but don't worry, the walking wasn't over yet!  we walked to the steps of the capital for a free outdoor concert by the celtic aire, part of the air force band, and they were really excellent.  it was particularly awesome to sit looking up at the dome of the capital, with its statue of freedom, and the sun setting behind us, while the band sang a stirring version of the national anthem.

if you want to hear the great sounds of celtic aire, you can click here.

we finally headed back to union station, and the metro ride home.  when it was all said and done, we had walked over 14 miles (well, everyone but quinton, who rode 14 miles).  we were completely wiped out physically, and emotionally exhausted from so much movement in our spirits.  a full and awesome day.


Popular posts from this blog


i made these comments and prayed the following prayer at one of our worship services at SPWF yesterday, and had a few folks asked if i would post them, so there they are: 
It has been a season of terrible tragedy.  And I have noticed in the news a trending phrase: thoughts and prayers.  It even has its own hashtag on twitter and other social media, but net necessarily in a good way.  People are understandably tired of hearing about others’ thoughts and prayers, when that is only a thinly-veiled way of saying that our only obligation to those who suffer is a brief moment of silence, or nothing more than a tweet or public statement.  The truth is that, for those of us who follow Jesus, much is required when our neighbors suffer.  We are called to do justice where we can, to love kindness and mercy, and to walk with God through it all.  But let us be careful not to throw out the proverbial baby with the bathwater.  We are, as people of faith, those who know that prayer is not simply an em…

a divided tree

there is a tree in my back yard.  i'm pretty sure it's an oak tree.  at least that's what i think Shannon told me.  i don't know my oaks from my maples, my elms from my locusts.  to me, it's a tree: a corinthian column bursting up into life and glory.  full of sap and pulp and rings and bugs and cells pulsing with water and always reaching for something.  it is full of rhythm, reach and flourish then fall and die, and repeat.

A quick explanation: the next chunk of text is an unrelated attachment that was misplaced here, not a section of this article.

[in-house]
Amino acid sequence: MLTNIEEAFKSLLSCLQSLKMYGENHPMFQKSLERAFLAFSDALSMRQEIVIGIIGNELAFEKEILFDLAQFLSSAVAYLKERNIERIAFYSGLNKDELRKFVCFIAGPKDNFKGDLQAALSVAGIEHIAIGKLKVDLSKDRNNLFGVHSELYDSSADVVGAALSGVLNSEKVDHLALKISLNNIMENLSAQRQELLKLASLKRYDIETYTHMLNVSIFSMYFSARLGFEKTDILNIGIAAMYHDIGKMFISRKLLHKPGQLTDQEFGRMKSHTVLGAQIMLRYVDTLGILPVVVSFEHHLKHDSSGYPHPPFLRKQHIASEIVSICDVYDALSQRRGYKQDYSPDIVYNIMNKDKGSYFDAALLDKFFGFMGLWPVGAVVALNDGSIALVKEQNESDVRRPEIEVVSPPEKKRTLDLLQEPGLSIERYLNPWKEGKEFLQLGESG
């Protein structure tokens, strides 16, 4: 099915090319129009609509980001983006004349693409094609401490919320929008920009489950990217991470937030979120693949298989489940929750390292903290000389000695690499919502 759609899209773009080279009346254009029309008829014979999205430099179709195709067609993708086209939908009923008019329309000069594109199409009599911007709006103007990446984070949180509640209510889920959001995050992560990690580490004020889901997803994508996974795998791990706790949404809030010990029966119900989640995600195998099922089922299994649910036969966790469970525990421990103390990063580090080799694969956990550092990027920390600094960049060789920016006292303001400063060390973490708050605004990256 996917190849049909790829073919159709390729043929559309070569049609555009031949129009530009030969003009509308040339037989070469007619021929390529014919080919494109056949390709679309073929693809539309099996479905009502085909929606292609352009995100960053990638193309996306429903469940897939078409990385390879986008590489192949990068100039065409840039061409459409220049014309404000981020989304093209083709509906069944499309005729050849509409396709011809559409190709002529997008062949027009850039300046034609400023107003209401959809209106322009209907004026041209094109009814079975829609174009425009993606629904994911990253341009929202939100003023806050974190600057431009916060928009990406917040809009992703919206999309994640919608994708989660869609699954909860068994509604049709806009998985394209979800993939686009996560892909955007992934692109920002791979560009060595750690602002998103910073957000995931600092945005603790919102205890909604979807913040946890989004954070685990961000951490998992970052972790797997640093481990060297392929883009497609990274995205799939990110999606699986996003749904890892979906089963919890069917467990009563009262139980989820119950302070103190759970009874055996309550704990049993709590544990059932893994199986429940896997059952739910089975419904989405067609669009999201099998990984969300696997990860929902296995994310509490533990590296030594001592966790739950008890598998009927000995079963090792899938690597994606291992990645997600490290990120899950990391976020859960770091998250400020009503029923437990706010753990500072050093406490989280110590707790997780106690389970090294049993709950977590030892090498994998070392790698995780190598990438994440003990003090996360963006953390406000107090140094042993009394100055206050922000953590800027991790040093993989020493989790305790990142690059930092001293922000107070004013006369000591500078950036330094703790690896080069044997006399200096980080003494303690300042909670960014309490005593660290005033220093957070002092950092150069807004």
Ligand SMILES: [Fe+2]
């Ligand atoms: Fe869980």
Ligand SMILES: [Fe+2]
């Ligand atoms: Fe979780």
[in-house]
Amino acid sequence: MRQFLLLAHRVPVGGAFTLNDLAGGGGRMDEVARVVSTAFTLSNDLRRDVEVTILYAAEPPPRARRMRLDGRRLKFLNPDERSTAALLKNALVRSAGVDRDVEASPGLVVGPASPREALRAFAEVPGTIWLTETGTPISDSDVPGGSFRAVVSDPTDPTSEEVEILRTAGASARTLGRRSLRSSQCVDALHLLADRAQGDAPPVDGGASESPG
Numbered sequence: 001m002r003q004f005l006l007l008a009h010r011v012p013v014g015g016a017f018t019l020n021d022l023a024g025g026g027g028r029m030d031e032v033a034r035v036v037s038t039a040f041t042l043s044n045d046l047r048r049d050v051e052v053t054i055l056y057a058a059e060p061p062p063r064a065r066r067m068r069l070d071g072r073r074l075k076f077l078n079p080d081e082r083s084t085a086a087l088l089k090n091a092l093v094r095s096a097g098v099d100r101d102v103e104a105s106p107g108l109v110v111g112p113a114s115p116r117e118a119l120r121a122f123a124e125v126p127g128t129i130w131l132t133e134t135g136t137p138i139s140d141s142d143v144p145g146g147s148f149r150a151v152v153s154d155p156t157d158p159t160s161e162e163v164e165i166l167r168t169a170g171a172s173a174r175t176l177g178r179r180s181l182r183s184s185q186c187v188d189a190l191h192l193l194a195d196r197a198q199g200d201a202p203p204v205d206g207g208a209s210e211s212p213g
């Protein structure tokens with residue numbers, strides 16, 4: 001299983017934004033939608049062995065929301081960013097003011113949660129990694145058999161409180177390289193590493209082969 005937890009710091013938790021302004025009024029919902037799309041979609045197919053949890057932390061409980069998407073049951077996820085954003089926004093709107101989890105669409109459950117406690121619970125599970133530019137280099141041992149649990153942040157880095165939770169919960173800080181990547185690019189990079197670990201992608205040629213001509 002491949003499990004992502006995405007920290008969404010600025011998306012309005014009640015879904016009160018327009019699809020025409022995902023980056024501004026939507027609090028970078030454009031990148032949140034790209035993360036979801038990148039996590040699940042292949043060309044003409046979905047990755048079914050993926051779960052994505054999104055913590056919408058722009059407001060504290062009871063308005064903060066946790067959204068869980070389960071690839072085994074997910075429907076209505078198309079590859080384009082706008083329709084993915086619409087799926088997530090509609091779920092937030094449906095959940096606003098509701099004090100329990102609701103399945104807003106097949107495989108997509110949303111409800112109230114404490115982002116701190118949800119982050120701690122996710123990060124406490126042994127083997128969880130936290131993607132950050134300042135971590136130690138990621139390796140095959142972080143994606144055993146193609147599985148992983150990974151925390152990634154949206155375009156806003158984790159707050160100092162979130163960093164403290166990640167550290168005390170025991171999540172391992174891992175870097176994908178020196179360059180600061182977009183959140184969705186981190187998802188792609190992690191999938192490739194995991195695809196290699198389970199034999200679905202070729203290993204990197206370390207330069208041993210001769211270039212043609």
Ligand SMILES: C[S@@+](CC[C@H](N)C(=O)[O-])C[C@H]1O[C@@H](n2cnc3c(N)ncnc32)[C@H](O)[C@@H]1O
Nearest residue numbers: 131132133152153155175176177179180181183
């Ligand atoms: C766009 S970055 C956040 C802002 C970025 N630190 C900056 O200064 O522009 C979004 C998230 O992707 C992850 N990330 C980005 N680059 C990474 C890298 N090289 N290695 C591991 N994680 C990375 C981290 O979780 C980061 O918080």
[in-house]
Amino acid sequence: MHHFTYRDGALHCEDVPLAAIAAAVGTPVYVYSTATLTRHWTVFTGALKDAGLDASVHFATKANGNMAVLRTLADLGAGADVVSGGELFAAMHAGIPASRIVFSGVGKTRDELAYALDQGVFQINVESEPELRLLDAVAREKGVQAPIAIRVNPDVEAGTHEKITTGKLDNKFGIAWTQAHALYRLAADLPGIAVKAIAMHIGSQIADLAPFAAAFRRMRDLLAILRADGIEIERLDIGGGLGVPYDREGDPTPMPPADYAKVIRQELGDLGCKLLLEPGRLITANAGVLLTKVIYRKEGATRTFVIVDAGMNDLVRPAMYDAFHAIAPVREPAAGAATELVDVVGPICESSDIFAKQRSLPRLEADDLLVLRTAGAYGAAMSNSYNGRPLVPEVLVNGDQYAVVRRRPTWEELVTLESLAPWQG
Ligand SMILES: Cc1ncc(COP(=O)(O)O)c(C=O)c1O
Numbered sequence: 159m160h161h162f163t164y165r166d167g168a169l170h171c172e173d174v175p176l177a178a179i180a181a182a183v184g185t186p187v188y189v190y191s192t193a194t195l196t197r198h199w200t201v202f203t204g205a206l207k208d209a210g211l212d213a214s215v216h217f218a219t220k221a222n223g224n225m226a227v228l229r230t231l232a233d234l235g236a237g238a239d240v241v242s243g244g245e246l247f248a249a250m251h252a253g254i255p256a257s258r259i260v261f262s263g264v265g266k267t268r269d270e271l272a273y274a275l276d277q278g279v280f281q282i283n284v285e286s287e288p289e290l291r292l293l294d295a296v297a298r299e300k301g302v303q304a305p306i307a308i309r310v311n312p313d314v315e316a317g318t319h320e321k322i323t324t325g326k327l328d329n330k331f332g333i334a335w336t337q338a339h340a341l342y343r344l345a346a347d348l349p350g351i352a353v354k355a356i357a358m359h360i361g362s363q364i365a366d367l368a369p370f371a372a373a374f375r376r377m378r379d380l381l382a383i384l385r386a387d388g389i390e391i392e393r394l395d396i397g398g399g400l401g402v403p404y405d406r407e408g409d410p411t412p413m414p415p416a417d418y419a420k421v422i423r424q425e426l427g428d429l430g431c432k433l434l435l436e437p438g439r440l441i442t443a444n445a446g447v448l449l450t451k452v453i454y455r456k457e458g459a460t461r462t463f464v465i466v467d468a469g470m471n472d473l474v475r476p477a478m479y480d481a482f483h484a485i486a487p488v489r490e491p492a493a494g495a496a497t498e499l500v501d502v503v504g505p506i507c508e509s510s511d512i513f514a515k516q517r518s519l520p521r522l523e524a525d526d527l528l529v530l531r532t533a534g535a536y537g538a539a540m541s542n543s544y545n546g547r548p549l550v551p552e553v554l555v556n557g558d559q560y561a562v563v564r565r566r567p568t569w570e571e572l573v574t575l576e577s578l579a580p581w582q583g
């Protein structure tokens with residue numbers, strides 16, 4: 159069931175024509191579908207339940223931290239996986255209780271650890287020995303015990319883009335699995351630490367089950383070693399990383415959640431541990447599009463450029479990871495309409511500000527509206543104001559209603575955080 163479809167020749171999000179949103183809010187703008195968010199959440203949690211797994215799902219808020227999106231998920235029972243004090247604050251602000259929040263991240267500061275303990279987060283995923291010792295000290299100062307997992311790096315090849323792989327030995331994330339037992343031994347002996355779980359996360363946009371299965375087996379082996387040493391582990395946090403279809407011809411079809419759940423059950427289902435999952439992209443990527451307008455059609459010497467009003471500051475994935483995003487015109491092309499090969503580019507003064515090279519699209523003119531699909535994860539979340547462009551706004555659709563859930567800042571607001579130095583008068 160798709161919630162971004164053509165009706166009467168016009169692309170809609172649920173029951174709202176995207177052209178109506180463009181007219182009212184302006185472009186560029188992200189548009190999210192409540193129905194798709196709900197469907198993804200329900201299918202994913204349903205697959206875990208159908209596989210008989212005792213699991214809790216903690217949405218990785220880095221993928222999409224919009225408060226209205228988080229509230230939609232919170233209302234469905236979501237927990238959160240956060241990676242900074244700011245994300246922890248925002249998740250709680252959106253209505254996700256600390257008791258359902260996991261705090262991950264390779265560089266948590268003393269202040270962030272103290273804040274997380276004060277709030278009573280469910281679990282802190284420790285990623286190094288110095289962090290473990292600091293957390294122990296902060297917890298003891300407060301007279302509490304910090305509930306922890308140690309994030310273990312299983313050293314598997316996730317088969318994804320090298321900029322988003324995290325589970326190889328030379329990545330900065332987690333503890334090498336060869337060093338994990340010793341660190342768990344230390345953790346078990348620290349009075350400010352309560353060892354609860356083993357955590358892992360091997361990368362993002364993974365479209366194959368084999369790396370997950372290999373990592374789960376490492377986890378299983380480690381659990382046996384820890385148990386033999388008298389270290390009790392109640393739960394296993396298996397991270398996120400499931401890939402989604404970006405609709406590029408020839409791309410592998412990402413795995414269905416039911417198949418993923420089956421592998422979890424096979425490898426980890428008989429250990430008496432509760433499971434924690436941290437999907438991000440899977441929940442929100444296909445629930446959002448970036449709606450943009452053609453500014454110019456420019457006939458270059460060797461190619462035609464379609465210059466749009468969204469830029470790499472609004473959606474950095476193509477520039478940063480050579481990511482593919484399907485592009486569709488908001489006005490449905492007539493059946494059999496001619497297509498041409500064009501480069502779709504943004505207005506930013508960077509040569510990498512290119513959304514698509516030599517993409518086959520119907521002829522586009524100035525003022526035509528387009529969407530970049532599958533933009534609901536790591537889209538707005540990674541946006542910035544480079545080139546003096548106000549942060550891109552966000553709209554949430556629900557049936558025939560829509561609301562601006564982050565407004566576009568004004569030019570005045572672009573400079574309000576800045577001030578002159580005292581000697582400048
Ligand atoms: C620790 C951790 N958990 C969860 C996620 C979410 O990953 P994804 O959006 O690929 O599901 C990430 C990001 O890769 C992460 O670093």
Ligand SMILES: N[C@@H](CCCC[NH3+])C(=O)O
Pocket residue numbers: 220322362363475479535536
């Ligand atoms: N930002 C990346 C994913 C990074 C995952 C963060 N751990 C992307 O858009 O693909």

this particular tree, though, isn't of one mind. 

half of it's rusted orange leaves have given up their grip and surrendered -gracefully or not - to the pull of gravity and the threat of winter.  the north side of this inauspicious oak is just about bare naked, all sticks and straight lines, a skeleton of itself.  but the side that looks south is stubbornly resisting change.  no longer green, the leaves have compromised their summer vibrancy, but they are clearly not ready to concede death just yet. 

i feel like i can relate to this …

thankful right now

"if the only prayer you ever say in your life is 'thank you,' it will be enough." -Meister Eckhart

"thanksgiving is inseparable from prayer." -John Wesley

i've been thinking about gratitude quite a bit this week, and how to foster a thankful spirit in the midst of the barrage of bad news that for me is punctuated by yet another "breaking news" notification on my phone, interrupting the busyness of my day to rudely remind me that the world's brokenness knows nothing of limits or boundaries, not to mention my schedule or sanity.  still, the bad news keeps coming. 

i just scrolled through my most recent notifications just from the last few days and they contain phrases like "crimes against humanity," "57 million users hacked, but not reported," "alleged pattern of sexual abuse," and "extremely disturbing," just to name a few.  how am i supposed to be present at a staff meeting when my phone is buzzing …